Okay, we’ve all heard that hybrid vehicles are better for the environment. But how do they measure up when it comes to the green in your wallet?
Even starlet Paris Hilton has boarded the hybrid bandwagon, as reported by BPM Magazine.
“I came in a hybrid car because I think that’s the way to go – to save energy and to save our earth from all this – you know pollution so I think if everyone just takes the steps to do it will make a difference,” said Hilton.
However, Hilton probably wouldn’t be as concerned about the cost of owning one of these hybrids as average people. But you wouldn’t be aware of any higher costs after reading Chris Woodyard’s August 8 USA Today story.
“It’s not just good public relations,” wrote Woodyard. “Since the Supreme Court ruled earlier this year that the EPA can regulate greenhouse gases, General Motors, Ford Motor and Chrysler have joined the U.S. Climate Action Partnership, a coalition of corporate executives calling for CO2 restrictions.”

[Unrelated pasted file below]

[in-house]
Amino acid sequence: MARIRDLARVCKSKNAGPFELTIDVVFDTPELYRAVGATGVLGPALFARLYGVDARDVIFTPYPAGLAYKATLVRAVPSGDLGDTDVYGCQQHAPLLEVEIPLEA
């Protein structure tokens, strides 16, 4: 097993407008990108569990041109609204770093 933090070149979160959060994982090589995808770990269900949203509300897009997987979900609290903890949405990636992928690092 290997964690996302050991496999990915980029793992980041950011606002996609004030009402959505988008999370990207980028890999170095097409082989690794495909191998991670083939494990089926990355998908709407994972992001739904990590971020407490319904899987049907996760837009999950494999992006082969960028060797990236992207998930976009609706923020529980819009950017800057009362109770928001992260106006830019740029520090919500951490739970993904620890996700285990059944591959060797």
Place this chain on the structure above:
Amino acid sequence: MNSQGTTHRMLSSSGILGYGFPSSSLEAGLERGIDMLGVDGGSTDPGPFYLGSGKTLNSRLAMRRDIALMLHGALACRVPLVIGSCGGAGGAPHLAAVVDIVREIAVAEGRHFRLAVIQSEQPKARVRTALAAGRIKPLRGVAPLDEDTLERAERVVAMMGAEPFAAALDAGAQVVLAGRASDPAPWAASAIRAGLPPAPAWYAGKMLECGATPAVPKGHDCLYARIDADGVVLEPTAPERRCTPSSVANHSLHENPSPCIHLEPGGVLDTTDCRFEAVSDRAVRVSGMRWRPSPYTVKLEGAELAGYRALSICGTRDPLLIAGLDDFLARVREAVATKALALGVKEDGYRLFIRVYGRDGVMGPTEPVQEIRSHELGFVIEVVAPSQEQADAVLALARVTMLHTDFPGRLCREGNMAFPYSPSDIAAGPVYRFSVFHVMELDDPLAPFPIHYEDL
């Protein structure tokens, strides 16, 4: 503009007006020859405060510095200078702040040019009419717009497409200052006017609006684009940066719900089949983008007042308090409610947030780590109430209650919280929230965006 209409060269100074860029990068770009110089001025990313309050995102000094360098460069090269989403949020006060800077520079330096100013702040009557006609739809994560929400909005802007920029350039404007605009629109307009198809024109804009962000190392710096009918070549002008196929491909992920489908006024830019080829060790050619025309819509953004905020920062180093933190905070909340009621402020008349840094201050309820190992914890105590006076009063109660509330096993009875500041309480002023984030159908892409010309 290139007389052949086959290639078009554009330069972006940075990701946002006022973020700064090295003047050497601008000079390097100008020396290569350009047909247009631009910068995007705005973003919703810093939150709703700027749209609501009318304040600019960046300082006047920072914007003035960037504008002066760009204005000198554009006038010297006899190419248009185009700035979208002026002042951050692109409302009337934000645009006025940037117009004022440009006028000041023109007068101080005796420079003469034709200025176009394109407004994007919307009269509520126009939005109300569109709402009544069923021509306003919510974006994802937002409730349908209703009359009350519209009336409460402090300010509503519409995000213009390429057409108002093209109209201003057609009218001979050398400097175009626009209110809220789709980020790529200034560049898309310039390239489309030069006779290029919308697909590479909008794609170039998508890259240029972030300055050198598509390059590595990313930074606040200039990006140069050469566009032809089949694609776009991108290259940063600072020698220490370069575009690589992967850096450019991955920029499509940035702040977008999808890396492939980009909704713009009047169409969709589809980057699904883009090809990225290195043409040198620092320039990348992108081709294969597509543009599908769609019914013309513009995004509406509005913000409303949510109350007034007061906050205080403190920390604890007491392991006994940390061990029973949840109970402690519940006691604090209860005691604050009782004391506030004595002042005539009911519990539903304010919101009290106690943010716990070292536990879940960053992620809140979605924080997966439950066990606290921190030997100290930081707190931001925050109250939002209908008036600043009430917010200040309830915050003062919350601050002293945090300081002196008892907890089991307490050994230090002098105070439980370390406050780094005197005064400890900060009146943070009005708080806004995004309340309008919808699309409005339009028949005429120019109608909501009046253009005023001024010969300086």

It would be even better public relations if hybrids made economic sense, but they don’t. It turns out hybrids cost more to maintain than regular cars.
According to Vicentric, a company that compiles and analyzes data on different automobiles. Over a five year period it is roughly 10 percent more expensive to own the 2007 Honda Civic Hybrid model over a similar non-hybrid model. That includes lower fuel costs and tax incentives of hybrid ownership.
That doesn’t even include the original cost of the vehicle and most people know that hybrids cost more right from the get-go. The version compared by Vicentric had a manufacturer suggested retail price of $22,600. The non-hybrid’s price tag was a much lower $15,810.